Unnecessary tragedy: Distracted driving kills hundreds in NJ
A New Jersey State Police report on fatal crashes in the Garden State in 2014 serves as a stark reminder that not paying attention while driving can be fatal.
Despite awareness campaigns and laws against talking on a hand-held cell phone or texting while behind the wheel distracted driving-related deaths rose from 2013-2014.
“There were a total of 523 fatal crashes in 2014, killing 556 people. Driver inattention was a factor for 190 of those crashes,” said NJ State Police Sgt. Jeff Flynn.
Those numbers represent an increase of 15 crashes and 14 fatalities, resulting in an average of 1.52 motor vehicle fatalities per day in New Jersey. The report shows 2014 marked the fifth straight year that driver inattention was the leading factor in fatal accidents.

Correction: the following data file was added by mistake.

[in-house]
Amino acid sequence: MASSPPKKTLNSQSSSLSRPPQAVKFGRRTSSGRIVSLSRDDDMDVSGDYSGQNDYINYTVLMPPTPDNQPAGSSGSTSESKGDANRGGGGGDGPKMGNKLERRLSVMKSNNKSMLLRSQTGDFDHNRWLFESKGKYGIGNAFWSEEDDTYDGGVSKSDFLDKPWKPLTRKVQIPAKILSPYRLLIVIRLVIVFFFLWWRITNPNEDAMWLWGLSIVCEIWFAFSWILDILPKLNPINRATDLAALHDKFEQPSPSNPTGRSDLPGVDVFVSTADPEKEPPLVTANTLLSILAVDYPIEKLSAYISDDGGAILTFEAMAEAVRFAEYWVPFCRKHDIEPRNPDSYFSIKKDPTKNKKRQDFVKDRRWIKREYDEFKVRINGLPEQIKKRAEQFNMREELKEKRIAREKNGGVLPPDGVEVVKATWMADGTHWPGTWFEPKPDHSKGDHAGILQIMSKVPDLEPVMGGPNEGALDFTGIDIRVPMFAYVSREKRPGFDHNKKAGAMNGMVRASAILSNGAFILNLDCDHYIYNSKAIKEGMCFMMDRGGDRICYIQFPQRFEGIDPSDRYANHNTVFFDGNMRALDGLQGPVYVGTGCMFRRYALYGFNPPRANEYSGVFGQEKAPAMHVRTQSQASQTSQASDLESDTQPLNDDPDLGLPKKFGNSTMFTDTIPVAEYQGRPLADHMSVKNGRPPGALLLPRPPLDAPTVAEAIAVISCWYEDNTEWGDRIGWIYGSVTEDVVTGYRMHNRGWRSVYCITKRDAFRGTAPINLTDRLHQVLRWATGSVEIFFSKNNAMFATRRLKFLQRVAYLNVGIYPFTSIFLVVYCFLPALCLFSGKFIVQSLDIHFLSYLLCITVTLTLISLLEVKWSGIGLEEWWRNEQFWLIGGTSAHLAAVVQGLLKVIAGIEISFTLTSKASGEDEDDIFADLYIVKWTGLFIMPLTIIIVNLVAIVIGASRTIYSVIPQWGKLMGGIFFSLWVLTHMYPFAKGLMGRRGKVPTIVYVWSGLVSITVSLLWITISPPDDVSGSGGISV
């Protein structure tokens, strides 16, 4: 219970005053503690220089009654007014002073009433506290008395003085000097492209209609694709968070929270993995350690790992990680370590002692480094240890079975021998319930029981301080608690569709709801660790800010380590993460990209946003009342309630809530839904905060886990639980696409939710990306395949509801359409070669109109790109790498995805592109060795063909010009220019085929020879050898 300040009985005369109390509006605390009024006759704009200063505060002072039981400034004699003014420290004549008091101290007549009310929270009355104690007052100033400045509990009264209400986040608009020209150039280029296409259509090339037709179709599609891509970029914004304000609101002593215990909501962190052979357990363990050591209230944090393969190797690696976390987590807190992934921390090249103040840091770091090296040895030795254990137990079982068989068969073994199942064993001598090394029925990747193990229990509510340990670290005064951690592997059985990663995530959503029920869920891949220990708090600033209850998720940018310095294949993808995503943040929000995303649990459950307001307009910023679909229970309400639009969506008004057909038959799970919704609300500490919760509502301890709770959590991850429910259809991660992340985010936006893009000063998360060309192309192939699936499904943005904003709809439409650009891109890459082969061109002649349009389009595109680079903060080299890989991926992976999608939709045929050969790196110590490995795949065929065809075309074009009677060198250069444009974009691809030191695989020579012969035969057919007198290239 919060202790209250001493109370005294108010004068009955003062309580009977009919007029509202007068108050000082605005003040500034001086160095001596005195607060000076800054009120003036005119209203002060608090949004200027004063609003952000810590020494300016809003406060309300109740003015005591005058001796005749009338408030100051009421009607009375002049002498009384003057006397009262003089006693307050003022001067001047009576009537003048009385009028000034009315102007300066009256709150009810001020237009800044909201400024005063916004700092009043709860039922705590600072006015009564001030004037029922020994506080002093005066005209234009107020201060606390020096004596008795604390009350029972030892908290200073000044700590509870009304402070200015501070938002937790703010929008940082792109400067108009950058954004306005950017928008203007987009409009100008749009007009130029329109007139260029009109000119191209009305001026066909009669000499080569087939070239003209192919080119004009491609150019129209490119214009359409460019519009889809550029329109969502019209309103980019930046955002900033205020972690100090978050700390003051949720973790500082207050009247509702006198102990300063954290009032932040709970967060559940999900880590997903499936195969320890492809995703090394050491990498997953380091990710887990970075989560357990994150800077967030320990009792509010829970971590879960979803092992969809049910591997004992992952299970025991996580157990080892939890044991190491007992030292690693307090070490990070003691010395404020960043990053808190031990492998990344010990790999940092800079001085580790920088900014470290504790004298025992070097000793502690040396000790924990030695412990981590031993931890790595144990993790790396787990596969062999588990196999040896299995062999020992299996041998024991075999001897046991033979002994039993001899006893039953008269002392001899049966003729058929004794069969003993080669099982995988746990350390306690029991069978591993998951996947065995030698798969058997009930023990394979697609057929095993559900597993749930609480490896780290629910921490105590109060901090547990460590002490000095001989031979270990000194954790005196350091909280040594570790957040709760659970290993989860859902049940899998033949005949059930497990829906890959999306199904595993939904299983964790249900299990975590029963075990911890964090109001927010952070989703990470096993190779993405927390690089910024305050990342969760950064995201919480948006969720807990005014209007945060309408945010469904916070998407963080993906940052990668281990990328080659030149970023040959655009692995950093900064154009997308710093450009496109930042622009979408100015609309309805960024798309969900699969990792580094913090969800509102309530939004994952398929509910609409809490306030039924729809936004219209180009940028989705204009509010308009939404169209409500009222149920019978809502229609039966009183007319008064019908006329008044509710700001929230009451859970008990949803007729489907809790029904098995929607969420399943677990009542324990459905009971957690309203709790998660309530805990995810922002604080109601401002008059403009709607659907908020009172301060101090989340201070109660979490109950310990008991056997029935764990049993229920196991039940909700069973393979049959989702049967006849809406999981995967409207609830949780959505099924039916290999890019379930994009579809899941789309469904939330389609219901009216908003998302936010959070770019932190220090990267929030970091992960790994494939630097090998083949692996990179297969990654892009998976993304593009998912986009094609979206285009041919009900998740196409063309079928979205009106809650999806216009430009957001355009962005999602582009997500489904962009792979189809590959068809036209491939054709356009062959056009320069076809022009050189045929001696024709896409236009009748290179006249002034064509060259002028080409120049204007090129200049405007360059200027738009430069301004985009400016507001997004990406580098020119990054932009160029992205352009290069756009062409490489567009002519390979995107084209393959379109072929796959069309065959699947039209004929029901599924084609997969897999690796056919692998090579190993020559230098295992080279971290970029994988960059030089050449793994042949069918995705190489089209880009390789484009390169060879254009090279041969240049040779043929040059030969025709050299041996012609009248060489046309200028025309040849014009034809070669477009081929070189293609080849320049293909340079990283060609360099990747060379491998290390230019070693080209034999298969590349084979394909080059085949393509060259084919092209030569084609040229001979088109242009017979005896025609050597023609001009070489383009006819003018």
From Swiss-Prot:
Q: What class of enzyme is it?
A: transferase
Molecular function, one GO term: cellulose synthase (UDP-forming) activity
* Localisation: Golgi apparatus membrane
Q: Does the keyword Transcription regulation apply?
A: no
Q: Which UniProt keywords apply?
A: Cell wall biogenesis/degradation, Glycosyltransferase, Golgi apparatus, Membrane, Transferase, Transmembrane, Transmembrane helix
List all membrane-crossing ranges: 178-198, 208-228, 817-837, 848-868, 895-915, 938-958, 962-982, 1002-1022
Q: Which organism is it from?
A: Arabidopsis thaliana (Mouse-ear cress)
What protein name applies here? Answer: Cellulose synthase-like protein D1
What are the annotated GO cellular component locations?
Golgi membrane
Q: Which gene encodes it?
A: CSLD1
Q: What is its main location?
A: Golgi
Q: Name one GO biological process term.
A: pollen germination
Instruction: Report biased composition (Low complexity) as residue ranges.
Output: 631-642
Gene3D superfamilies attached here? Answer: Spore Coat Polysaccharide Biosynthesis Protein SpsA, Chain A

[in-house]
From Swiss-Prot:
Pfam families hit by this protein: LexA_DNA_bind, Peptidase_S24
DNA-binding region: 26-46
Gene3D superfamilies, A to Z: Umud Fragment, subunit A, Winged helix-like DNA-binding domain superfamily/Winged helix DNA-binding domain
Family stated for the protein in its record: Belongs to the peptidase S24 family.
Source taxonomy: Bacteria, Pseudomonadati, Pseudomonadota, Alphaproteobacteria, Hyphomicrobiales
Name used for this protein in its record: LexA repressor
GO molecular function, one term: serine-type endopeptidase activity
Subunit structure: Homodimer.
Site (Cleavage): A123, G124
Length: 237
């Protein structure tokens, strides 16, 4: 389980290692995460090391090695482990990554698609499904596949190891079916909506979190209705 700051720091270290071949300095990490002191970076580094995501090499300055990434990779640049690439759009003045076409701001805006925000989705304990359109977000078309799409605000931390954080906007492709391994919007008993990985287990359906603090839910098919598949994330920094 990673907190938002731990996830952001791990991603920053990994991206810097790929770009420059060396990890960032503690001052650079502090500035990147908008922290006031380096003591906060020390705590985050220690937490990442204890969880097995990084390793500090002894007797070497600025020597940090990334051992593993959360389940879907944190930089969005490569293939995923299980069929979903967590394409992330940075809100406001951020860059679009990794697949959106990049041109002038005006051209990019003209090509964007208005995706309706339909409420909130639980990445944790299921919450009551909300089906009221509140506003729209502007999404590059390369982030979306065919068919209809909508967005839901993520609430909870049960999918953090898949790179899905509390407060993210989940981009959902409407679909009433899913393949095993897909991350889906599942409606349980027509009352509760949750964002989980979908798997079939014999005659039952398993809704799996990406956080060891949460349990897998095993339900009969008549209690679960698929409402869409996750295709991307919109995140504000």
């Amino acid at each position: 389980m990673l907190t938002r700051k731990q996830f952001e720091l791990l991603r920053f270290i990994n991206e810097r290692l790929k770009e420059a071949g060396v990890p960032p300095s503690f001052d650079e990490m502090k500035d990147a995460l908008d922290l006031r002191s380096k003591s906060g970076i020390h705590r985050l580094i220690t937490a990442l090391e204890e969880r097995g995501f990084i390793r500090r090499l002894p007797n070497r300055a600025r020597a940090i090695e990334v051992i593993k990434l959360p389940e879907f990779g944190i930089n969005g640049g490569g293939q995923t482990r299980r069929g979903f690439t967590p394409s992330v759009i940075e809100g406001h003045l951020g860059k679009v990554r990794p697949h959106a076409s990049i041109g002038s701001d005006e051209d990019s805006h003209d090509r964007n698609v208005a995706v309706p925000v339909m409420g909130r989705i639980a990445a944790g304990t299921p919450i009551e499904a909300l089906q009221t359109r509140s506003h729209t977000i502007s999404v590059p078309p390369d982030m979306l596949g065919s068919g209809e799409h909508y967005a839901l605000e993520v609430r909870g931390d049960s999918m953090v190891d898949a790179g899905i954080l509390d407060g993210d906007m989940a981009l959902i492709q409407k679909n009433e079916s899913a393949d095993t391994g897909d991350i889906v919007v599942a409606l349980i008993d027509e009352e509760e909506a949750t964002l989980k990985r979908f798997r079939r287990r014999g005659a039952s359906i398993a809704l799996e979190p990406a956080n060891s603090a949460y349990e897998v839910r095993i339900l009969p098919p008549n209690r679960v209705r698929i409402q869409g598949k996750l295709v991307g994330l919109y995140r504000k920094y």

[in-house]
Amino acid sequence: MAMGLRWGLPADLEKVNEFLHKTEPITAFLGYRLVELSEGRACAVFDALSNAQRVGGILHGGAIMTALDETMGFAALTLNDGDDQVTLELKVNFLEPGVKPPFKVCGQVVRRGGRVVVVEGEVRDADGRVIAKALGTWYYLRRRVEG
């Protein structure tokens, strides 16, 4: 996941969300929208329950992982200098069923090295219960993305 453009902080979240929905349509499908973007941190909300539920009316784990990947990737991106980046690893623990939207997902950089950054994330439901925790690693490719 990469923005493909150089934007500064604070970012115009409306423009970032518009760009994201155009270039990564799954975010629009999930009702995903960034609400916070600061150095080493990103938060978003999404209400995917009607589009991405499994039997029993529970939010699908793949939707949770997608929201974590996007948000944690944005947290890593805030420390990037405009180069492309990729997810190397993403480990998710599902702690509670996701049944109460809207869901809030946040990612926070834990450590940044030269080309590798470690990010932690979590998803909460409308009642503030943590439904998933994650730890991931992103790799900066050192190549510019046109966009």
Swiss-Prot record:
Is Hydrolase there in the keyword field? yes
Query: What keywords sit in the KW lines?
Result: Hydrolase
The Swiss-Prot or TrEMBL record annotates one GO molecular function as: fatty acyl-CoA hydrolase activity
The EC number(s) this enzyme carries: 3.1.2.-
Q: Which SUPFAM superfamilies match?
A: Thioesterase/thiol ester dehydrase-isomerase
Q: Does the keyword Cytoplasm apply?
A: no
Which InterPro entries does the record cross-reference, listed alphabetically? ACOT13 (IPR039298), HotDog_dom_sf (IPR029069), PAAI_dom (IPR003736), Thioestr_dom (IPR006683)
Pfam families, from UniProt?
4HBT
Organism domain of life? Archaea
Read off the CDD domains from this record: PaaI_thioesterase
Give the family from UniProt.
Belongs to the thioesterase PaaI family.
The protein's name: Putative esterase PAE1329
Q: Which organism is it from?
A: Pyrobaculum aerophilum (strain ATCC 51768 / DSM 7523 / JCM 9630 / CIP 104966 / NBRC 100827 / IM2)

“We’re always looking at these numbers and looking at ways that we can improve our numbers,” Flynn said.
Other statistics included:
- Nationwide, the fatality rate remained at a historic low of 1.46 fatalities per hundred million vehicle miles traveled.
- Nationwide preliminary statistics indicate there were 32,675 people killed.
- Of the New Jersey fatalities, 31.3 percent had consumed alcohol to some extent.
- Of all drivers, 12.2 percent were legally intoxicated.
- There were 60 fatal crashes involving 62 motorcycles.
- Pedalcyclists accounted for 11 fatal crashes.
- The pedestrian death toll was 170.
With 57 motor vehicle crash fatalities, August was the deadliest month. February saw the fewest, with 31. Monmouth County had the most with 45 followed by Ocean County at 44. Hunterdon and Warren Counties had the fewest with six each. At 94 motor vehicle accident deaths, Saturday was the most fatal day of the week.
The full report is below:
Kevin McArdle has covered the State House for New Jersey 101.5 news since 2002. Contact him at firstname.lastname@example.org. Follow him on twitter at @kevinmcardle1.